vitamins deficiency symptoms

Danger of iron deficiency

Iron qualifies as a trace mineral. We need iron to carry oxygen in our blood and also to make other enzymes.
Every one of our red blood cells contains protein hemoglobin. Four atoms of iron are attached to every hemoglobin molecule. Iron is used to transport and store oxygen in blood and to store oxygen in muscles.
Iron also produces hemoglobin and myoglobin – proteins involved in the transport and storage of oxygen – and amino acids. It also need for cellular energy production, produces enzymes that have antioxidant effects, supports DNA synthesis and immune function

Herbal Iron Multi-Vitamin Supplement 17 fl oz: K
Iron deficiency is common. At risk are women with heavy menstrual bleeding and during pregnancy (increased needs for baby), vegetarians, and those with malabsorption syndromes (celiac disease), bleeding ulcers, copper deficiency, and in surgery.

Deficiency of iron does not immediately cause iron deficiency anemia.
Even before signs of anemia occur, signs of apathy and fatigue may be apparent. Some children may be incorrectly diagnosed with attention deficit disorders when they are actually suffering from iron depletion.
After iron stores are depleted, blood cells begin to have less hemoglobin and the blood cells start to become smaller than usual. With less hemoglobin than needed, oxygen delivery to the cells becomes inadequate, especially during exertion.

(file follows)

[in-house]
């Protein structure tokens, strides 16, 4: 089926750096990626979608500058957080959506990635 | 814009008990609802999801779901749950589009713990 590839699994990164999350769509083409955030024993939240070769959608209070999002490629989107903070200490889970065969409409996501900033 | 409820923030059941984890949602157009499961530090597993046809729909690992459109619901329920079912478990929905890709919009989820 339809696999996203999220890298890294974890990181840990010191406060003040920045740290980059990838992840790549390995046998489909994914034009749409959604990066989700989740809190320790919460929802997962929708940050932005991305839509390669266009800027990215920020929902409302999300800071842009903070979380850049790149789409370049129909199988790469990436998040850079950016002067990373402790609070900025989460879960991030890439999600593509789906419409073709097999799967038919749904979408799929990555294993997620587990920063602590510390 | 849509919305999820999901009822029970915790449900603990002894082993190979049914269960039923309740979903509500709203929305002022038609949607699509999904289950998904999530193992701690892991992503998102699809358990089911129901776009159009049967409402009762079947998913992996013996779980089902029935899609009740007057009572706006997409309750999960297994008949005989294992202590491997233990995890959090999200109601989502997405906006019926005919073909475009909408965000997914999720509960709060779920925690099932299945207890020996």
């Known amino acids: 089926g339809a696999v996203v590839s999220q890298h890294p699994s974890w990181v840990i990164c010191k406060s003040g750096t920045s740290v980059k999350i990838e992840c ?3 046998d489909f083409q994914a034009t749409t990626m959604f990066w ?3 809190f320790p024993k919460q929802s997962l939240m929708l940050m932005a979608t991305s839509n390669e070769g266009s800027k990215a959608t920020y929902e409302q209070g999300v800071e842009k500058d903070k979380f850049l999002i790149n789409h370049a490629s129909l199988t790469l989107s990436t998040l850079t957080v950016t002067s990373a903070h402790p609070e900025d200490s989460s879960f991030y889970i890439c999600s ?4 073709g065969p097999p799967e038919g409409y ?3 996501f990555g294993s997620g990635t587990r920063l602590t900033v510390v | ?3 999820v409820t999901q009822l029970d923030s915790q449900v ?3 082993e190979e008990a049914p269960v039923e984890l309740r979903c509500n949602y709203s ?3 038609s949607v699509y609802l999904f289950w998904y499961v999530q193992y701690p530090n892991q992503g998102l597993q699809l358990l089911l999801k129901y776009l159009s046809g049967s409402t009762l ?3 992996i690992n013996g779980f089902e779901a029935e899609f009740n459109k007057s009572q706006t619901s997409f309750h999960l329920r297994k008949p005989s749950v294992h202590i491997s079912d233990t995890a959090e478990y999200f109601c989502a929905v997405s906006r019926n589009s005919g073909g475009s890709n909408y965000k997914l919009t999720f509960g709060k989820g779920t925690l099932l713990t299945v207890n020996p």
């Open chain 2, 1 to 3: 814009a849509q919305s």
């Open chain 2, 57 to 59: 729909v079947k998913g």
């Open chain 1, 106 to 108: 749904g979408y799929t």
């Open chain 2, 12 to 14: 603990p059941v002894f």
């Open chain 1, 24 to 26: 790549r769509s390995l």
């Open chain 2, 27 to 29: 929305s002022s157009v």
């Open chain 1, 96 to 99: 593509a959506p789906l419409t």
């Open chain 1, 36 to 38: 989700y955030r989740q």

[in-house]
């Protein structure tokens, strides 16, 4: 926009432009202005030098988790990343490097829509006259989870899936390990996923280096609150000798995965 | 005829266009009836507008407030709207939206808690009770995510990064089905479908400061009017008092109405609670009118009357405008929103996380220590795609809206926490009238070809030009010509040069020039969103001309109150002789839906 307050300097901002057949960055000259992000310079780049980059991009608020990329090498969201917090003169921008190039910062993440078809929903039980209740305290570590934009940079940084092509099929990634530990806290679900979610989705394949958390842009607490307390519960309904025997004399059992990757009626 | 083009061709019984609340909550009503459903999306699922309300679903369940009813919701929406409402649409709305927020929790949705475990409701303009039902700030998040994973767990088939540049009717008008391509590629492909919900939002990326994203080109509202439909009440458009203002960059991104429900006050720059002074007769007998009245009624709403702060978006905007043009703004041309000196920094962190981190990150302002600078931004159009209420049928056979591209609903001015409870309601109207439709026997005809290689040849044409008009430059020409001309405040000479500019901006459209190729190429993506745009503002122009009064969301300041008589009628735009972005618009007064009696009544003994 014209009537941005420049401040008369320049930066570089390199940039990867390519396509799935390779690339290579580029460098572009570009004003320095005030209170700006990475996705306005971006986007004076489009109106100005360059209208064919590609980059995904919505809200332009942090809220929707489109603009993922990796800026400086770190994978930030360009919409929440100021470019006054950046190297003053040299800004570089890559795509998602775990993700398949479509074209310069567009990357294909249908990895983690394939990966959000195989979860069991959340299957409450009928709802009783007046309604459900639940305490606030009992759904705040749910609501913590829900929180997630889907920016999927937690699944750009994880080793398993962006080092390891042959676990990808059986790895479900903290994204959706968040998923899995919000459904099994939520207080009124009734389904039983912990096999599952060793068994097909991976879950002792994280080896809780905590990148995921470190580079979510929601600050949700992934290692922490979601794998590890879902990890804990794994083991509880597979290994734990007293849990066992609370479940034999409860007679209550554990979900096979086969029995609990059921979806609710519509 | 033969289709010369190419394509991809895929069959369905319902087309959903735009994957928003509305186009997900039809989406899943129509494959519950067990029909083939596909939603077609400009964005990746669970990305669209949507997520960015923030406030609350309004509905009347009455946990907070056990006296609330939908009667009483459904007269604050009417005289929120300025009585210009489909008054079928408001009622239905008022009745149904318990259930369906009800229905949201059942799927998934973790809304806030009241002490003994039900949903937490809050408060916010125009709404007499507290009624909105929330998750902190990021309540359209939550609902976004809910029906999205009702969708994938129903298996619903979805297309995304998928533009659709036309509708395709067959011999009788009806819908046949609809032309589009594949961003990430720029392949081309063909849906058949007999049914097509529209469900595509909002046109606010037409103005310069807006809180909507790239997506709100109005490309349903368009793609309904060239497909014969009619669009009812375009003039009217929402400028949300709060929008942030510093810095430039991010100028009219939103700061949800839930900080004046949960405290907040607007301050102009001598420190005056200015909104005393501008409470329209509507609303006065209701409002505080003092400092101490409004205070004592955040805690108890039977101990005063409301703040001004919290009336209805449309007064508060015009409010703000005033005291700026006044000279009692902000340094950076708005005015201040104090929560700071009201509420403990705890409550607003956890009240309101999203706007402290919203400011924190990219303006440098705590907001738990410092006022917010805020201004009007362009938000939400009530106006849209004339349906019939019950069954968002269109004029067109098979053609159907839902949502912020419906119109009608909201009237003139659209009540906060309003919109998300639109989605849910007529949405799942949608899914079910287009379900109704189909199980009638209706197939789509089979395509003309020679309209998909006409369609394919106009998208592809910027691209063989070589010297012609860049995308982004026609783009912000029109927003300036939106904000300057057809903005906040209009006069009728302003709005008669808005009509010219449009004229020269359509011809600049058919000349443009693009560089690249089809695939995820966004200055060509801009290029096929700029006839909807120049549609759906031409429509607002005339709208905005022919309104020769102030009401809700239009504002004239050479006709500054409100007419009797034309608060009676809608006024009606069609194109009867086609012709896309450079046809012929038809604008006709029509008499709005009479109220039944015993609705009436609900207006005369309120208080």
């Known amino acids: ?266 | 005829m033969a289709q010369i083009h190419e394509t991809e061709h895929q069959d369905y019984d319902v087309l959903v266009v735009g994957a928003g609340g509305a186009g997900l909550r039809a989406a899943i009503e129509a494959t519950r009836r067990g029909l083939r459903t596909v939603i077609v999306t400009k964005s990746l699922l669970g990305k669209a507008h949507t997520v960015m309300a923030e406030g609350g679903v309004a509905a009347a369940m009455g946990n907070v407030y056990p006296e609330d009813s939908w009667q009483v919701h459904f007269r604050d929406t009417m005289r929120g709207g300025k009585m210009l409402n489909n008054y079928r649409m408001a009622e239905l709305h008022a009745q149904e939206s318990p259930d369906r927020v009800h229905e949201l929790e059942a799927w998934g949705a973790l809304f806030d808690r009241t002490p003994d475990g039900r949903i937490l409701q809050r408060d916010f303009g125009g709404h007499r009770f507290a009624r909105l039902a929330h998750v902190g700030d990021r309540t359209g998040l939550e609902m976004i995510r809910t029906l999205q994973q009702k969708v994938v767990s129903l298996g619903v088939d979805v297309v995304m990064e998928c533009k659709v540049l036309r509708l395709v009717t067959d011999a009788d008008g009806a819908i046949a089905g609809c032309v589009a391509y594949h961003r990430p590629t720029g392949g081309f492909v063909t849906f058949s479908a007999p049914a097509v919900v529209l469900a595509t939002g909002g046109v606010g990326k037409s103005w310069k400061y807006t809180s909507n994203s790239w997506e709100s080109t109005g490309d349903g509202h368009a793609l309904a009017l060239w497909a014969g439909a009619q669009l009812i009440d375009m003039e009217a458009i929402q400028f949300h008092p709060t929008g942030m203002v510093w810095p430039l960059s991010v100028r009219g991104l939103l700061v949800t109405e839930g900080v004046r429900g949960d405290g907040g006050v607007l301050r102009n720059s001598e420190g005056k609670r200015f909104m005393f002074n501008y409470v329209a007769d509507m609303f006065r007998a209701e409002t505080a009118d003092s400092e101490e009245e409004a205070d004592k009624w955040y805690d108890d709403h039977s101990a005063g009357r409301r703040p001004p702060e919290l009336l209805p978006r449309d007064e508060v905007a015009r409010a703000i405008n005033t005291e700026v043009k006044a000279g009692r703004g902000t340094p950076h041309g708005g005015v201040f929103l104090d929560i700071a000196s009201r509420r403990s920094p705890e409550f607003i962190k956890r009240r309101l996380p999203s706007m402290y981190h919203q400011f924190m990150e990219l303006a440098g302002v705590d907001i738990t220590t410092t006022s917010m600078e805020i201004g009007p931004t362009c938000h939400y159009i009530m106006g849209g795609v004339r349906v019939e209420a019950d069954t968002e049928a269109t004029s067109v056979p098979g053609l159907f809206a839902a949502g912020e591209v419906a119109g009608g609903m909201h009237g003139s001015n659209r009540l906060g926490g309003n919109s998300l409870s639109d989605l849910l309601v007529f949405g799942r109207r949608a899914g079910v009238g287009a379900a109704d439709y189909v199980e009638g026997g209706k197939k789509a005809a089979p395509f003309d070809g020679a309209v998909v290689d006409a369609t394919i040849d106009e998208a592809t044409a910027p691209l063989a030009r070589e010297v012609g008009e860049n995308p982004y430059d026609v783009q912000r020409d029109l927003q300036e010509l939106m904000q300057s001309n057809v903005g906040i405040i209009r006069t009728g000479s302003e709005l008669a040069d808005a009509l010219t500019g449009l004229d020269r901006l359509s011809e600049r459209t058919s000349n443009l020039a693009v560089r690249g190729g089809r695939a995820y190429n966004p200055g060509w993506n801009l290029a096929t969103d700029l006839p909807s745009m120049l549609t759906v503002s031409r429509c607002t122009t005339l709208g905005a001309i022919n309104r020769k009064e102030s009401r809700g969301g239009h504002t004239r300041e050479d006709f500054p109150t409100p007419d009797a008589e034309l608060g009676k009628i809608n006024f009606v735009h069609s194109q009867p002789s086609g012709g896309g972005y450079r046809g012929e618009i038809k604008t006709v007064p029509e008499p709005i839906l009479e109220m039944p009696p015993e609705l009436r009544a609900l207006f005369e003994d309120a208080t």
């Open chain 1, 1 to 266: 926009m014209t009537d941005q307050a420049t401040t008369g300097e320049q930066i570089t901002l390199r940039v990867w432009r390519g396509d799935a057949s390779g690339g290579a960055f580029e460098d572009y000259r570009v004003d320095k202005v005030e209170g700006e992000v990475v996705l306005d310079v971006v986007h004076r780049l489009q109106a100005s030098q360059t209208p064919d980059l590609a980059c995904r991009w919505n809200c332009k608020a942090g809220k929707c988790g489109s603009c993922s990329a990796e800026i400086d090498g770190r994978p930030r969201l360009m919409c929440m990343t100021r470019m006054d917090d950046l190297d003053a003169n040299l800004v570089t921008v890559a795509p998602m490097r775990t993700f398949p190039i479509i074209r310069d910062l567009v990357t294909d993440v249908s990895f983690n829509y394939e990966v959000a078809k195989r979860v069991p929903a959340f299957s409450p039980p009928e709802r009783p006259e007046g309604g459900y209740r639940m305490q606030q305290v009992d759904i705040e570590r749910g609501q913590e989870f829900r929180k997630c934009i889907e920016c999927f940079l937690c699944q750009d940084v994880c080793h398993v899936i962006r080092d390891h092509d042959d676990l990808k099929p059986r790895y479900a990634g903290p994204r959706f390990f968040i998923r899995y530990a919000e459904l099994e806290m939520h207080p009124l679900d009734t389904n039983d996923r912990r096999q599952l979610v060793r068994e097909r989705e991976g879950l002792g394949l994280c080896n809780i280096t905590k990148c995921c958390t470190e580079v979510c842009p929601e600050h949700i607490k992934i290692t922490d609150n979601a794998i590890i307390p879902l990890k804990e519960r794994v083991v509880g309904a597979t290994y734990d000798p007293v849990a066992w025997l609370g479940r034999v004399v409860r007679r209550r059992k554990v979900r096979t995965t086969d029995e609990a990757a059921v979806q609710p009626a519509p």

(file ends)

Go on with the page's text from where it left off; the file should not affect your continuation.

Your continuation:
There are other causes of anemia, such as deficiency of vitamin B12 or folate.
Symptoms of iron deficiency anemia are usually a result of inadequate oxygen delivery. Symptoms include fatigue, rapid heart rate, reduced work capacity, and rapid breathing upon exertion.

Iron deficiency can also limit the ability to maintain body temperature in cold conditions. Both hemoglobin in blood and myoglobin in muscles become depleted.

Lack of iron may also limit the creation of energy in the electron transport chain. This may lead to more anaerobic energy production resulting in excess lactic acid and fatigue.

Severe iron deficiency anemia can result in spoon-shaped, brittle nails, taste bud atrophy, and mouth sores.

Iron supplements can bind to and reduce absorption and efficacy of levodopa, levothyroxine, methyldopa, quinolones, tetracyclines, bisphosphonates, and zinc and calcium supplements.

To avoid this, separate intake of iron supplements from these products by two hours.

Vitamin C-rich foods and supplements enhance the absorption of nonheme iron (form of iron found primarily in plants).
A multivitamin/mineral complex providing the RDA is recommended for most premenopausal and pregnant women and those at risk of deficiency.

Food Sources

Iron is found in food in two types: heme iron and non-heme iron.
Rich sources of heme iron include organ meats, lean beef, chicken, oysters, and pork.
Good sources of nonheme iron are whole grains, peas, beans, spinach, nuts, and blackstrap (unrefined) molasses.

One of the best sources of iron is cream of wheat cereal. It contains over 7 mg in six ounces. Many cold breakfast cereals such as bran flakes also have plenty of iron, both naturally and from added supplements.

Iron side effects and toxicity

Overdose can be fatal.
Children are at risk of accidental overdose from products containing iron.
Iron supplements, especially potent iron supplements meant for pregnant women, should be kept out of the reach of children.
There has been some association between the intake of heme iron and the risk of heart attacks.

Liquid iron supplements can even stain teeth.
Symptoms of iron overdose of iron: nausea, vomiting, and constipation.

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